My score: 4 out of 4

REINFORCEMENT: the Christmas Dinner limited edition strongly reinforces the Heinz Big Soup core product proposition: “Full-on ingredients. Big-time flavour. Filled with robust chunks to really hit the spot”. This LET-OFF also nicely evokes emotional associations of Heinz Big Soup, linked to feelings of warmth, happiness and being down-to-earth.

Heinz Christmas Dinner Big Soup score: 4 out of 4

REJUVENATION: here, Heinz Christmas Dinner Big Soup scores full marks. The product tapped into a culturally resonant moment of the year. Extra PR value was gained by tapping into new stories suggesting possible Christmas food shortages. “With Brits’ much-loved Christmas dinner in danger,” the Heinz soup team explained, “we were inspired to create Heinz Christmas Dinner Big Soup”. Importantly, the LET-OFF rejuvenated the brand not only with consumers, but with retail customers too. Supermarkets has delisted some of the Big Soup SKUs in the previous year, suggesting a lack of belief in the range. The Christmas Dinner launch helped turn things around, with “buyers from all key retailers asked to list the product.”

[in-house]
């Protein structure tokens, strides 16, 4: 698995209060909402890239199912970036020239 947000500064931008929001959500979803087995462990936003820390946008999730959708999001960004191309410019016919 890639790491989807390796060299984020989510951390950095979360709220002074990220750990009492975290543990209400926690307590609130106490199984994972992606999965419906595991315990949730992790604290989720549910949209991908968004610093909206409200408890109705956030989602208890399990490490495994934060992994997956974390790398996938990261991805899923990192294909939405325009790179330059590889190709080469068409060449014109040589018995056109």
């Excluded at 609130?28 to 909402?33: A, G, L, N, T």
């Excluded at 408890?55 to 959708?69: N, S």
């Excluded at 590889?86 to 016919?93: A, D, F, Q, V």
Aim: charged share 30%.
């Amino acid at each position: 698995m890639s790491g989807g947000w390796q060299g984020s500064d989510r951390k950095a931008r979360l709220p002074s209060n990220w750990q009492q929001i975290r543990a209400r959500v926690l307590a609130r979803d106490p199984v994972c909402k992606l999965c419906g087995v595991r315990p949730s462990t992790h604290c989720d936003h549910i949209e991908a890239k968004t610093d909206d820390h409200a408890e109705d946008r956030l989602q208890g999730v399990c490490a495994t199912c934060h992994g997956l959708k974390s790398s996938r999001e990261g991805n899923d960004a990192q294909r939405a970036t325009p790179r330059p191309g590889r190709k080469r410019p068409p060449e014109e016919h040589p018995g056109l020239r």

My score: 2 out of 2

MY TOTAL SCORE: 10 out of 10

In conclusion, LET-OFFs are a good opportunity for creativity and fun at work. However, I recommend that any LET-OFF should work hard at driving reach, reinforcement and rejuvenation to maximise the chances of getting a good return on talent. Be more like Heinz Christmas Dinner Big Soup and less like Tropicana toothpaste, I suggest!